- 1 Is a 243 good for deer hunting?
- 2 What is the effective range of a 243?
- 3 How far can you kill a deer with a 243?
- 4 What is better a 243 or 270?
- 5 What distance should I zero my 243?
- 6 Will a 243 kill an elk?
- 7 How much does a 243 drop at 100 yards?
- 8 Will a 243 kill a moose?
- 9 Is 223 or 243 better?
- 10 Which is better 243 or 6.5 Creedmoor?
- 11 Will a 243 kill a bear?
- 12 What’s the difference between a 243 and 270?
- 13 Is a 270 more powerful than a 308?
- 14 Does a 243 kick hard?
- 15 What Animals Can a 270 kill?
Is a 243 good for deer hunting?
As far as deer hunting calibers go, the. 243 is light, small and perfect for beginning deer hunters. Big-game hunters in the western states use this rifle round on mule deer and even bear. It also might be one of the most accurate of all rifle rounds at ranges under 200 yards.
What is the effective range of a 243?
243 rivals a 6.5-284 ballistically out to 1000 yards. Shooting 80-100 grain hunting bullets, a. 243 will anchor a buck with authority.
How far can you kill a deer with a 243?
The key result of this analysis is that the effective killing range of the. 243 load above is 180 yards. This falls well short of both the +/- 3 inch MPBR (280 yards) and zero distance (240 yards) of the load.
How far will a 243 kill a deer?
|Name of Product||Weight||Muzzle Velocity|
|Nosler Ballistic Tip Projetile||90 grain||3000 fps|
What is better a 243 or 270?
270 is much better suited for taking larger game such as elk where the. 243 is not suitable. As far as bullet weights go with the. 270, most ammunition is going to fall between 120-160.
What distance should I zero my 243?
The best zero distance for a. 243 Winchester is 25 yards. At 25 yards, a 100 grain, 2960 fps,. 243 bullet will have a maximum point blank range of 296 yards and hit roughly 3″ high (2.7″) at 100 yards.
Will a 243 kill an elk?
243 is legal for elk in the jurisdiction where you plan to hunt; no sense wasting bandwidth if it’s not. Finally, we will assume that our elk hunter’s. 243 is loaded with the toughest 85- to 100-grain bullets on the market rather than the weakly constructed 6mm bullets designed for varmints and predators.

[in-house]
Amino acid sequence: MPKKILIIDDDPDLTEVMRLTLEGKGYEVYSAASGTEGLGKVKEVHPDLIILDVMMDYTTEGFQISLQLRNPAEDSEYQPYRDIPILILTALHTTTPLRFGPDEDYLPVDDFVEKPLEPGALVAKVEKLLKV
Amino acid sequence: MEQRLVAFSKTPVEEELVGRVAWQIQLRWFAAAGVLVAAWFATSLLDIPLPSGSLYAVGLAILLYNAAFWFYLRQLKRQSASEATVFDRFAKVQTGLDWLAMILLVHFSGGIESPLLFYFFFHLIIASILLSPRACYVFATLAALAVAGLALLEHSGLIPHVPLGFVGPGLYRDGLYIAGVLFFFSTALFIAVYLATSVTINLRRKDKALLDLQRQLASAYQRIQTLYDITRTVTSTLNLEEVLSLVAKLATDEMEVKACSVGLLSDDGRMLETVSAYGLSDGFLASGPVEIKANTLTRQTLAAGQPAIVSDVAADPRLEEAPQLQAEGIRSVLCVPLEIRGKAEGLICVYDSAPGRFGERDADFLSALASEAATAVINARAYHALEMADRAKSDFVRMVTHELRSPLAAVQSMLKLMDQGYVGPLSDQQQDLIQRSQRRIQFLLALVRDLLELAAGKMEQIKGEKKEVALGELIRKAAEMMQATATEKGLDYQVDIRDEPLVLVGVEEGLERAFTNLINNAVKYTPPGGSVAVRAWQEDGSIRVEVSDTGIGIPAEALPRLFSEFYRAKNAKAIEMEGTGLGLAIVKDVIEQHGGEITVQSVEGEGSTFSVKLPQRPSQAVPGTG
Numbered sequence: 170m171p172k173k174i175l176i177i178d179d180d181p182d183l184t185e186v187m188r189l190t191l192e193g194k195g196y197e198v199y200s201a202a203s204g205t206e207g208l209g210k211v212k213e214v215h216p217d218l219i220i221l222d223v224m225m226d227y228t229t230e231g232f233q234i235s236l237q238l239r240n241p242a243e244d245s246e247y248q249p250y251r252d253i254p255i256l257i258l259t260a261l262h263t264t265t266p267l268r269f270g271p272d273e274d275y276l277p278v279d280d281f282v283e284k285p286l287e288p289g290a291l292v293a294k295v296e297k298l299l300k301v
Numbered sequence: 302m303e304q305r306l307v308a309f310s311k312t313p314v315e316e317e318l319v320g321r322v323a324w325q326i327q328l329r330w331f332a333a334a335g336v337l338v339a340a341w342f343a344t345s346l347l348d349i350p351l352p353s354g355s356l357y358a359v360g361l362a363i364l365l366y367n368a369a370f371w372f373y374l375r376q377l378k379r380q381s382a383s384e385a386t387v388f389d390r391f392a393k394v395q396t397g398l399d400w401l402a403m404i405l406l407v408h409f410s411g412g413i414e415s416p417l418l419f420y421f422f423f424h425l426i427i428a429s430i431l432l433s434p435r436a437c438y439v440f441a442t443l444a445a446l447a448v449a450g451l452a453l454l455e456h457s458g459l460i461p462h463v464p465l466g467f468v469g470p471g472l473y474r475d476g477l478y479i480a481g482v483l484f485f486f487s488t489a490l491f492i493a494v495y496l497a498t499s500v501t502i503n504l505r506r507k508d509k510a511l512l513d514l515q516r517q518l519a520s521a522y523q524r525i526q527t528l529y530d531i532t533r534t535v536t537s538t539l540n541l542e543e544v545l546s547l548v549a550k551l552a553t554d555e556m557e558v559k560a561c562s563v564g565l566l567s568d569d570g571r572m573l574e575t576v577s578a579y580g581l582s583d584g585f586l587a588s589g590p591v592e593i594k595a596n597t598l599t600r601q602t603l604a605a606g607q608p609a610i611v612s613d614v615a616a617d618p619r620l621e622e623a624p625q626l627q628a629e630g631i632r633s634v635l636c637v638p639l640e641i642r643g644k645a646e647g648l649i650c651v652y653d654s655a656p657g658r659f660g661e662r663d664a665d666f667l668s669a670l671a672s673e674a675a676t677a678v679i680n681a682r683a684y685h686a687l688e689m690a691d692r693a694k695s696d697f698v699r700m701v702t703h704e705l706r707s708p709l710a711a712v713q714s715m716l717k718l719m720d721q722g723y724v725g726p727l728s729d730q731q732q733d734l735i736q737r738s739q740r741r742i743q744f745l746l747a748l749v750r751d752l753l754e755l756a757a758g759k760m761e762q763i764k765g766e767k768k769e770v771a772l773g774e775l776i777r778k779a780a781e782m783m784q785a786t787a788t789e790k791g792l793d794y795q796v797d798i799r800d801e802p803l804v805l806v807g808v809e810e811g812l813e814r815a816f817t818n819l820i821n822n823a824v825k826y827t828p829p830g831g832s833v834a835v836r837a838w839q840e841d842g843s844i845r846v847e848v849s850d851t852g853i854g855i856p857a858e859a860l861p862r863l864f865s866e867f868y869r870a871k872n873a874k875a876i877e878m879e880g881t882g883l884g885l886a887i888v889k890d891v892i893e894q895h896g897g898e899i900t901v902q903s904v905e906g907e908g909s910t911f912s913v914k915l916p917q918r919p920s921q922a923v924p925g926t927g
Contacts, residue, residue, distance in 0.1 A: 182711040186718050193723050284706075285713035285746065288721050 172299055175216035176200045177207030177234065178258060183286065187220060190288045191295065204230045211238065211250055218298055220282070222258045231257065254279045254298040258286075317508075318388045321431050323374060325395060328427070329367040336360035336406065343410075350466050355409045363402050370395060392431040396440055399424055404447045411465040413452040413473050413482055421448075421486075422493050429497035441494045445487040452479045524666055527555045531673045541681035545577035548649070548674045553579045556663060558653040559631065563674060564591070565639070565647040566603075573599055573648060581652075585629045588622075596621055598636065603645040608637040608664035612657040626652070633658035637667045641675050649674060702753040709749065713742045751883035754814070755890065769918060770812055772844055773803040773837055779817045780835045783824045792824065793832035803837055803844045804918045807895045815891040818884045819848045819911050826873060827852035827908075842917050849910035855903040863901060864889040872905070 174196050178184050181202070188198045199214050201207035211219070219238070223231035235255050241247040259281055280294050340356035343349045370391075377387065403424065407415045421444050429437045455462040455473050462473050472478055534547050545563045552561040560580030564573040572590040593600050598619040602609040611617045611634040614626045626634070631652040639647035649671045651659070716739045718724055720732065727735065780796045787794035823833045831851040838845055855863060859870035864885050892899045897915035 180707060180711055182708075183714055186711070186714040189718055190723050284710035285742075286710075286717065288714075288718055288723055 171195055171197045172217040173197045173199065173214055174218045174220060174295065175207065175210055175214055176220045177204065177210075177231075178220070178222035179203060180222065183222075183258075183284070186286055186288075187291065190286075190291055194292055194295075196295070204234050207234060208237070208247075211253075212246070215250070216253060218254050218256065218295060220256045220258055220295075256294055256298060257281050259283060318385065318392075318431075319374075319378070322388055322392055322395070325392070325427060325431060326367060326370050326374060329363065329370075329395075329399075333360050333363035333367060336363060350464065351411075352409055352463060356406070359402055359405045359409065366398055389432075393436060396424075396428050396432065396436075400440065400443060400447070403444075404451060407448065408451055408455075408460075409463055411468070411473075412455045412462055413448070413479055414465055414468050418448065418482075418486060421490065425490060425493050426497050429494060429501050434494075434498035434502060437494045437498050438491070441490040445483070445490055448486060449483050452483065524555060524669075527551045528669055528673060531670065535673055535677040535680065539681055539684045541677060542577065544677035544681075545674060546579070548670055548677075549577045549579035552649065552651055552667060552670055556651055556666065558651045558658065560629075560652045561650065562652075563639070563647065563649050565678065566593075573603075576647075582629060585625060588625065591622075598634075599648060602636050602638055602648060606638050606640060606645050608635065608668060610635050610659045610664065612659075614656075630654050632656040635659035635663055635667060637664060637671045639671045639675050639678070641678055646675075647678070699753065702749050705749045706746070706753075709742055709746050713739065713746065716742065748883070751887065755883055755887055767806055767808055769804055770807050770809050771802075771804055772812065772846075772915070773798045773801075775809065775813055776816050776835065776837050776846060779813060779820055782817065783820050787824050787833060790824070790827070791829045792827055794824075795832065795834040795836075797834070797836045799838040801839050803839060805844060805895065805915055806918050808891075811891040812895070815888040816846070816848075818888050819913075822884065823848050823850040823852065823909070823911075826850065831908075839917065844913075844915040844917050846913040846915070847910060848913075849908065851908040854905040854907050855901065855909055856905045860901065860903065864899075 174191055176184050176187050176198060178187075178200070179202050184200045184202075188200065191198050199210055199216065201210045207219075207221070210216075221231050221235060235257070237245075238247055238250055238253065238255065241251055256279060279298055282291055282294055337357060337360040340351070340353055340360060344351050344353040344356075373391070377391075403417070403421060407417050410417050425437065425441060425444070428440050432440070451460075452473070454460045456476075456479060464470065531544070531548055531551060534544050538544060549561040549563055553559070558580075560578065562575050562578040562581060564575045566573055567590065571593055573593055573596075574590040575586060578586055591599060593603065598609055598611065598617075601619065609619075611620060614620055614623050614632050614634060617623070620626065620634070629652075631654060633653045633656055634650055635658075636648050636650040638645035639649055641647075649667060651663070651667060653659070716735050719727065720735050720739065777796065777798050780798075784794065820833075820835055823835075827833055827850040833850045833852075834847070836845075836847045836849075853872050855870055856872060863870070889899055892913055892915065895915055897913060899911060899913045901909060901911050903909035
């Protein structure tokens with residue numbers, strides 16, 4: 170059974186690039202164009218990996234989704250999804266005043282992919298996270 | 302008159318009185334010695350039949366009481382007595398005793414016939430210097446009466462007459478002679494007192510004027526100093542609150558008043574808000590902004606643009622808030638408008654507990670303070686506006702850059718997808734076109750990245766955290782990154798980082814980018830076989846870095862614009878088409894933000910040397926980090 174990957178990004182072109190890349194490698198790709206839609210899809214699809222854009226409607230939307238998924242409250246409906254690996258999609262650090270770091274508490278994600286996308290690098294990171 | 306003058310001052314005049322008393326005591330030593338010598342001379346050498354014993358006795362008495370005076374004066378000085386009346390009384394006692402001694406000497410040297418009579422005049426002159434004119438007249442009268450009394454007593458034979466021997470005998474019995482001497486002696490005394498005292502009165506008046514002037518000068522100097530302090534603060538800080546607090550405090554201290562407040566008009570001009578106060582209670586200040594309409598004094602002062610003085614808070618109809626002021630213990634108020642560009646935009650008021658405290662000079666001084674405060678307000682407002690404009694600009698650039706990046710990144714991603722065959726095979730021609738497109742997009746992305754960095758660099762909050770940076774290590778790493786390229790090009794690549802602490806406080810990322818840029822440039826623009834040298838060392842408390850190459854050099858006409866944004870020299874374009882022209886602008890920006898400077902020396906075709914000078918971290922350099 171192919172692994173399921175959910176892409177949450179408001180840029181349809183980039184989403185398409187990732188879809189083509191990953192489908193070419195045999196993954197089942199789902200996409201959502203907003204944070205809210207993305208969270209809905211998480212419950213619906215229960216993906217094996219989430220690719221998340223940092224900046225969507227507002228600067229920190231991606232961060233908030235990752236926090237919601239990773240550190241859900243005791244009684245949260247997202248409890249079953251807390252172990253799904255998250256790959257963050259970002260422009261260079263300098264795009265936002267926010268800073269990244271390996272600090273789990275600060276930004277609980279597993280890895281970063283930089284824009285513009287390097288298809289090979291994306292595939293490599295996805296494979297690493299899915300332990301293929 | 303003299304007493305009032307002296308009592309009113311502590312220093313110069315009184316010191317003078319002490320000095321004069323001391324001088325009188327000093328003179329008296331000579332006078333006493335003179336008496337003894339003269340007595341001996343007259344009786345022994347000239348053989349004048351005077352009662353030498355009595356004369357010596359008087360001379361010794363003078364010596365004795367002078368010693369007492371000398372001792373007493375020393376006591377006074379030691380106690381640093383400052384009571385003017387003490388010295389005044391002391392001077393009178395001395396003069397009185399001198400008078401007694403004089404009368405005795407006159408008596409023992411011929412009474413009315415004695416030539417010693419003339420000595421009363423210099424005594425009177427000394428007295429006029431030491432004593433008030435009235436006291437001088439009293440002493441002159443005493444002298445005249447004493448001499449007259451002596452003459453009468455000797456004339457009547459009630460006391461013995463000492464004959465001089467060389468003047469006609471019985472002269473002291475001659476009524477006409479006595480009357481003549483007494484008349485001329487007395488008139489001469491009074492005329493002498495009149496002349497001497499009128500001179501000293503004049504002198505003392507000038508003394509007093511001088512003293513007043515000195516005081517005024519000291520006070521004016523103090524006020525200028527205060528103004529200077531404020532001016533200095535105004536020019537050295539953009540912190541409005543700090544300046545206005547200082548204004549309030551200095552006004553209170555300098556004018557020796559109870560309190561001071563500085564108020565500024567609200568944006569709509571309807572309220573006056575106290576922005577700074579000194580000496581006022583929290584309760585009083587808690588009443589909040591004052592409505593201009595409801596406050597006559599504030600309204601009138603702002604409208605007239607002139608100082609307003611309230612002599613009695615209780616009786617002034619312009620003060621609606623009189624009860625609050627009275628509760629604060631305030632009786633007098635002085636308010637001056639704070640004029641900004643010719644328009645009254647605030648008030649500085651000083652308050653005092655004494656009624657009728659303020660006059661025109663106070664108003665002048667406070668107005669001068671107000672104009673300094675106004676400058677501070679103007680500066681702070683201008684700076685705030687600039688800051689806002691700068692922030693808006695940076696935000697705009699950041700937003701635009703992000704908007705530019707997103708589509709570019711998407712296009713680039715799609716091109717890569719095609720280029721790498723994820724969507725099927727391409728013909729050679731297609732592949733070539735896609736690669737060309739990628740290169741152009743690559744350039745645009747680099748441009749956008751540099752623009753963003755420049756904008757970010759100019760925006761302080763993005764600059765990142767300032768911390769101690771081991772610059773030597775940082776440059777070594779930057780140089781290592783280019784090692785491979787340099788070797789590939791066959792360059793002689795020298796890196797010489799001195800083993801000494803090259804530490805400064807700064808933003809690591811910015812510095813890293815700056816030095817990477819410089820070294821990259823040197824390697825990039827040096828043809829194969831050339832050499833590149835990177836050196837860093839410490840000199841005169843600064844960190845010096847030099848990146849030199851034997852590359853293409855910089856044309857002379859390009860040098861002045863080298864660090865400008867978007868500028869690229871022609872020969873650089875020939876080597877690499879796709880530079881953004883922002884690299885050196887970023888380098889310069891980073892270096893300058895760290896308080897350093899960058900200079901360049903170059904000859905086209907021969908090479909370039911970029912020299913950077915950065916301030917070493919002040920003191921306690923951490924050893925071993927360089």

How much does a 243 drop at 100 yards?
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Will a 243 kill a moose?
243 will simply bounce off a moose’s ribs. Many don’t even take it into consideration for deer. However, it’s another of those quiet cartridges, and a favorite of many Alaska natives, that has put moose down for decades. In fact, it is still the go-to “big” rifle for many.
Is 223 or 243 better?
223 Rem. is the obvious winner. The. 243 Win. isn’t uncomfortable, but compared to the. 223 Rem., it’s snappy (depending on your rifle, of course).
Which is better 243 or 6.5 Creedmoor?
243 has ever had a slight shadow hanging over it, that shadow is bullet weight and penetration on larger than deer-sized animals — and, to some, even deer-sized animals. The 6.5 Creedmoor wins, hands down, in this department.
Will a 243 kill a bear?
Bears will generally not be anchored in place with a single shot, no matter the caliber. For black bears, a. 243 with a good, bonded bullet is absolutely deadly.
What’s the difference between a 243 and 270?
The. 243 is cheaper to shoot and has lower recoil that the. 270, but the range is also slightly less. Consider the range of your shot as well as the size of the animal.
Is a 270 more powerful than a 308?
308 Winchester certainly has an edge over the. 270 when shooting 150gr bullets, the 130gr. 270 load has more energy remaining and shoots flatter (the. 308 has 15-20″ more bullet drop) at 500 yards than both.
Does a 243 kick hard?
According to a chart compiled by noted shooting writer Chuck Hawks at chuckhawks.com, the. 243 with a 100-grain bullet produces about 9 pounds of recoil using a 7.5-pound gun. While it does not have quite the punch of a normal load, that gets the felt recoil down to less than 6.5 pounds.
What Animals Can a 270 kill?
270. It shoots flat out to 300 yards, which makes it a point and shoot rifle caliber for the vast majority of shots on big game. You can take the same. 270 you use for whitetails in Wisconsin for caribou bulls and big black bears in Alaska, or on combo western hunts for pronghorn antelope, mule deer, and elk.